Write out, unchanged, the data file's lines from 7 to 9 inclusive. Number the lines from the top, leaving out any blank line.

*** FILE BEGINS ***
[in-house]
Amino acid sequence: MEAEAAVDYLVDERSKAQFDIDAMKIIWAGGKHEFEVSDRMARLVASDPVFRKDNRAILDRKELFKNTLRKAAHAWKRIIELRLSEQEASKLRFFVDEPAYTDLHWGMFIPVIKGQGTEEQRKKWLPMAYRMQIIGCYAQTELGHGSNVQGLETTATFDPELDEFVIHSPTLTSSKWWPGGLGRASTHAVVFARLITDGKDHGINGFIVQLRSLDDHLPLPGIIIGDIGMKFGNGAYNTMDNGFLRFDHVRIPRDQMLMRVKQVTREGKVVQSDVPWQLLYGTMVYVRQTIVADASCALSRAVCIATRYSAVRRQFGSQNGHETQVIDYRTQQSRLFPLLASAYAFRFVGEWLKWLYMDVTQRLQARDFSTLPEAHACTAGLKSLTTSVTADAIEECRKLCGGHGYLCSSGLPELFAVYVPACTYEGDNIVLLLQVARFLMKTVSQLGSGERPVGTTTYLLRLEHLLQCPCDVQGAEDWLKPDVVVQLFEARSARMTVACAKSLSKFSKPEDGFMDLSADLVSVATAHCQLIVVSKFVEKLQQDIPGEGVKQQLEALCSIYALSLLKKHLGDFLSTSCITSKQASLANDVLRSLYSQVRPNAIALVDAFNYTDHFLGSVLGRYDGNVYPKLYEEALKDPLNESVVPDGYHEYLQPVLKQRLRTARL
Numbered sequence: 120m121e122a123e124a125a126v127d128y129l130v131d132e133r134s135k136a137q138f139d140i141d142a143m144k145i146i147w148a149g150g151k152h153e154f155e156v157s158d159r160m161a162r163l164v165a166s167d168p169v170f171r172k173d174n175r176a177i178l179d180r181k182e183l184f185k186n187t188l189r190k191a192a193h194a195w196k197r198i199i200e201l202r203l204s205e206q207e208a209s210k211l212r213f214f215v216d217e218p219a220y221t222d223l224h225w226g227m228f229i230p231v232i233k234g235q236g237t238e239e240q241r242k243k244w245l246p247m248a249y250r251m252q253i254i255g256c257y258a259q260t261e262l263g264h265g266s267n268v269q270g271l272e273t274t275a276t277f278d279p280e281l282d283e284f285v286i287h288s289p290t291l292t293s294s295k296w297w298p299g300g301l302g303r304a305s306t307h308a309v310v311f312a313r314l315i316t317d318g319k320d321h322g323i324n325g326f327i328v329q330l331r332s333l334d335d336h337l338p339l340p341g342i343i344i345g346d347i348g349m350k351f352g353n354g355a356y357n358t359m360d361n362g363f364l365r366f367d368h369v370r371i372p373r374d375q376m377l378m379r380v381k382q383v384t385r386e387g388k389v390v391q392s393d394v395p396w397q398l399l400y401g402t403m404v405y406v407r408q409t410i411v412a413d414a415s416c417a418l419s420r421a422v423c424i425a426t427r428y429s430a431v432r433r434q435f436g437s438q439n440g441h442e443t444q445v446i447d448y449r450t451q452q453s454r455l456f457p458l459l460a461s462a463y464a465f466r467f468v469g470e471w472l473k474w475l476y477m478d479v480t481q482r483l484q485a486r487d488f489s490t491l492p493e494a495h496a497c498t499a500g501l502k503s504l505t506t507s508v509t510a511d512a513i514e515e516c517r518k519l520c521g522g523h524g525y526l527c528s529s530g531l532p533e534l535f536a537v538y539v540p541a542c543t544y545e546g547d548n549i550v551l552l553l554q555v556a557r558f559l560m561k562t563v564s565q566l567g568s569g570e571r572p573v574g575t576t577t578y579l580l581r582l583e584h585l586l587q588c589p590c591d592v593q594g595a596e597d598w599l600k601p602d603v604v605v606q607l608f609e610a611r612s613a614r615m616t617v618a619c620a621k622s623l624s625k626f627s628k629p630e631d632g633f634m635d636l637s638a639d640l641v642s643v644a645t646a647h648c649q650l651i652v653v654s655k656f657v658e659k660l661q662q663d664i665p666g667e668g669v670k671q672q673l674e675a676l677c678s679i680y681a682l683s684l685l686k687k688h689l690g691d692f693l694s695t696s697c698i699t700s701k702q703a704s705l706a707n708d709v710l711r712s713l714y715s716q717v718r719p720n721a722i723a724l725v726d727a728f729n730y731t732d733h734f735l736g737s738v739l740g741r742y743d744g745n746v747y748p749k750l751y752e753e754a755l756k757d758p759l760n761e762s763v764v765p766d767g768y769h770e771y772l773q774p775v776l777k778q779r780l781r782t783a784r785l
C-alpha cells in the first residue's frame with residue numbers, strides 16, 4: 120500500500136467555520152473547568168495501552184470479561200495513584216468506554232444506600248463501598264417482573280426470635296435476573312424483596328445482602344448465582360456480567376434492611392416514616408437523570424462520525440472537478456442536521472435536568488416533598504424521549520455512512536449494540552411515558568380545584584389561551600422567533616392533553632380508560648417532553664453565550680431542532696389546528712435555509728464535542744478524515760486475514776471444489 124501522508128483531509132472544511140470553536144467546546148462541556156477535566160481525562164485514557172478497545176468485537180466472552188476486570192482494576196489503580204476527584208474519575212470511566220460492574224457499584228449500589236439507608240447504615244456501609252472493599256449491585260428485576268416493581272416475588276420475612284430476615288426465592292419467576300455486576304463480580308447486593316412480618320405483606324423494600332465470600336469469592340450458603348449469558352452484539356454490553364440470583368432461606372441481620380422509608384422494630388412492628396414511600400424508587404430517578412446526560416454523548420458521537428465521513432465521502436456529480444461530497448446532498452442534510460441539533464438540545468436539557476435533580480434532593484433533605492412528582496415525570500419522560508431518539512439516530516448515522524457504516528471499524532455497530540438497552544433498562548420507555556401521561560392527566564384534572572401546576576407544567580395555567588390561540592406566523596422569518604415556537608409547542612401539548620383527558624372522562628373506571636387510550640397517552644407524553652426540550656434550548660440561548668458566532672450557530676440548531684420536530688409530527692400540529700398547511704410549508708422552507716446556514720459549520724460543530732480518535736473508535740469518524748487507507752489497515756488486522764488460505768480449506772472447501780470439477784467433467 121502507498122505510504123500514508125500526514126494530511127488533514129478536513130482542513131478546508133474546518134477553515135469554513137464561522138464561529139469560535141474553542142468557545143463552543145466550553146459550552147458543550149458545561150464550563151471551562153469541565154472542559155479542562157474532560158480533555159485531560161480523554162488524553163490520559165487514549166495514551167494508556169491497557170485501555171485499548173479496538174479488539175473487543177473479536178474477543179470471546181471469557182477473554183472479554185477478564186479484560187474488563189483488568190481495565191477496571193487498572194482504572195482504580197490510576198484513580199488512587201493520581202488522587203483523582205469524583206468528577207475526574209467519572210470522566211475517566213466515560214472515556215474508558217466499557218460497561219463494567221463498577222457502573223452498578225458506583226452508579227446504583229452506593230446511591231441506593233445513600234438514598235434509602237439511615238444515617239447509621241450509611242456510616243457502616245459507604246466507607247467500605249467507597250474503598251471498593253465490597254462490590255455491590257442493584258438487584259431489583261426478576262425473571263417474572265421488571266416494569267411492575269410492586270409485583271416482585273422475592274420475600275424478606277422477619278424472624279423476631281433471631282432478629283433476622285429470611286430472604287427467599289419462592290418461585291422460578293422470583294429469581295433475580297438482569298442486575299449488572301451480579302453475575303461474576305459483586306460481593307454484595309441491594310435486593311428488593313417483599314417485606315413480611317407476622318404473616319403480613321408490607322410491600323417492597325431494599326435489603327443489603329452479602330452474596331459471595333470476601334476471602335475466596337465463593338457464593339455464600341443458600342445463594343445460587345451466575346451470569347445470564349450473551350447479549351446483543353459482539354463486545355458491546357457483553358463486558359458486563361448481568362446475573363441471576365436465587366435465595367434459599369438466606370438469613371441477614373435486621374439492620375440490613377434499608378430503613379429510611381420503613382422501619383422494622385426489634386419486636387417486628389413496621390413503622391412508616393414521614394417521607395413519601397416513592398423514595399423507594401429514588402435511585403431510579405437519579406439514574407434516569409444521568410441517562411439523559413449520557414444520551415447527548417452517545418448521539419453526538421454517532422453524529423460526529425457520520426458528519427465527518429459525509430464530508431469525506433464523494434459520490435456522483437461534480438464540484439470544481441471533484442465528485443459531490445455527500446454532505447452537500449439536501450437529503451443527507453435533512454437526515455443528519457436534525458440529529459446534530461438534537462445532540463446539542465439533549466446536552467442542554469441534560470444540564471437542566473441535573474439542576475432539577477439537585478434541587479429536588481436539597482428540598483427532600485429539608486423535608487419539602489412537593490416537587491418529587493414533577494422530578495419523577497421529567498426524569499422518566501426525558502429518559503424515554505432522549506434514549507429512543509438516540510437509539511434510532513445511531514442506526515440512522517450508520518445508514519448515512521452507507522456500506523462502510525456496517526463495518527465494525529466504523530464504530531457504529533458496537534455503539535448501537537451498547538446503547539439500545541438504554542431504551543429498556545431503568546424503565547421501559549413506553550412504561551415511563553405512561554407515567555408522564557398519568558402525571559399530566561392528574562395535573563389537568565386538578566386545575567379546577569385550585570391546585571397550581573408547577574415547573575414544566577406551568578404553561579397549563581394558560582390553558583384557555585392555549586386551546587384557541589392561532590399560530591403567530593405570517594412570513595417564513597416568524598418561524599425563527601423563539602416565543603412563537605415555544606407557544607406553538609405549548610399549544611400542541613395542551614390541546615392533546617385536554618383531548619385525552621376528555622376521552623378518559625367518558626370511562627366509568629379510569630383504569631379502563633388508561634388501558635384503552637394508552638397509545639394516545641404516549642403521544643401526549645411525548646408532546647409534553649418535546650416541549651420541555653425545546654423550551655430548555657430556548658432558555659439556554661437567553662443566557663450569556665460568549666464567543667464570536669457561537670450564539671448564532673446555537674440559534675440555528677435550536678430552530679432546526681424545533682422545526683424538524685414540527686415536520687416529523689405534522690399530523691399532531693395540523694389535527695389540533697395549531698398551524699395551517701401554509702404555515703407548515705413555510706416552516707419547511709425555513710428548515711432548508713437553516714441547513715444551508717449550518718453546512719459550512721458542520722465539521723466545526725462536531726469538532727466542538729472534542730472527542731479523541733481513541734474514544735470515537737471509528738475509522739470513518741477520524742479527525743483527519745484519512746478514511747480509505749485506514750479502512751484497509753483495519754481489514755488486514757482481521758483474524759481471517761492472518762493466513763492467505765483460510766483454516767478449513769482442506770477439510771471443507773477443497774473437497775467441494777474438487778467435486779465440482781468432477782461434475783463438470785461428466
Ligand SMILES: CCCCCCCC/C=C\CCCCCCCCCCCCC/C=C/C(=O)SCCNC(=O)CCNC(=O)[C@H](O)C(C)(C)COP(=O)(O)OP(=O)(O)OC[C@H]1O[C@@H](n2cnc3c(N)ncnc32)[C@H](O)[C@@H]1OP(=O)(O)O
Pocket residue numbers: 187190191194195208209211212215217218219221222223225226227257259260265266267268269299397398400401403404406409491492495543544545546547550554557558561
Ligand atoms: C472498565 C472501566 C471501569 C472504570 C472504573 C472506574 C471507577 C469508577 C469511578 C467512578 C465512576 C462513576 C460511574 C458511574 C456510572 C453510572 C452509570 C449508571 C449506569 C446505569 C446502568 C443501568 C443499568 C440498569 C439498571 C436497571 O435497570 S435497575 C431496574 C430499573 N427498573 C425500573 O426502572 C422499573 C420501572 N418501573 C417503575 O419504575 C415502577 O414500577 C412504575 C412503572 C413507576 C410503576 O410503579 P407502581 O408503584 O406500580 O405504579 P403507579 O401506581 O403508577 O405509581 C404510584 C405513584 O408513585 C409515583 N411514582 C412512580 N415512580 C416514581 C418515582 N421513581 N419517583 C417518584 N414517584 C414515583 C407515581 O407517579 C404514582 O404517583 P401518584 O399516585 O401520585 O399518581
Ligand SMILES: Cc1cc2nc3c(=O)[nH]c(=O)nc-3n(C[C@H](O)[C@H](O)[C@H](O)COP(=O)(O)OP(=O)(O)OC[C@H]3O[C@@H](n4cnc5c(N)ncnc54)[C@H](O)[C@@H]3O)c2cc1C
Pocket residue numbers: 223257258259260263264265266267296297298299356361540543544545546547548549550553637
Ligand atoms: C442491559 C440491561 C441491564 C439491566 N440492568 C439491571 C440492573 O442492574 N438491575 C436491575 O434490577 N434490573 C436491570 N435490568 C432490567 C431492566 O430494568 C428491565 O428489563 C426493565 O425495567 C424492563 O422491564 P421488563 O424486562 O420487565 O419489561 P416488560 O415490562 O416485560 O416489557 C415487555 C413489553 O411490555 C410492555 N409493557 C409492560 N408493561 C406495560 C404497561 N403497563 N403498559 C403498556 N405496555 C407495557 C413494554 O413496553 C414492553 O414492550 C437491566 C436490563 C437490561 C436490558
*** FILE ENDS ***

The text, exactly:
Ligand atoms: C472498565 C472501566 C471501569 C472504570 C472504573 C472506574 C471507577 C469508577 C469511578 C467512578 C465512576 C462513576 C460511574 C458511574 C456510572 C453510572 C452509570 C449508571 C449506569 C446505569 C446502568 C443501568 C443499568 C440498569 C439498571 C436497571 O435497570 S435497575 C431496574 C430499573 N427498573 C425500573 O426502572 C422499573 C420501572 N418501573 C417503575 O419504575 C415502577 O414500577 C412504575 C412503572 C413507576 C410503576 O410503579 P407502581 O408503584 O406500580 O405504579 P403507579 O401506581 O403508577 O405509581 C404510584 C405513584 O408513585 C409515583 N411514582 C412512580 N415512580 C416514581 C418515582 N421513581 N419517583 C417518584 N414517584 C414515583 C407515581 O407517579 C404514582 O404517583 P401518584 O399516585 O401520585 O399518581
Ligand SMILES: Cc1cc2nc3c(=O)[nH]c(=O)nc-3n(C[C@H](O)[C@H](O)[C@H](O)COP(=O)(O)OP(=O)(O)OC[C@H]3O[C@@H](n4cnc5c(N)ncnc54)[C@H](O)[C@@H]3O)c2cc1C
Pocket residue numbers: 223257258259260263264265266267296297298299356361540543544545546547548549550553637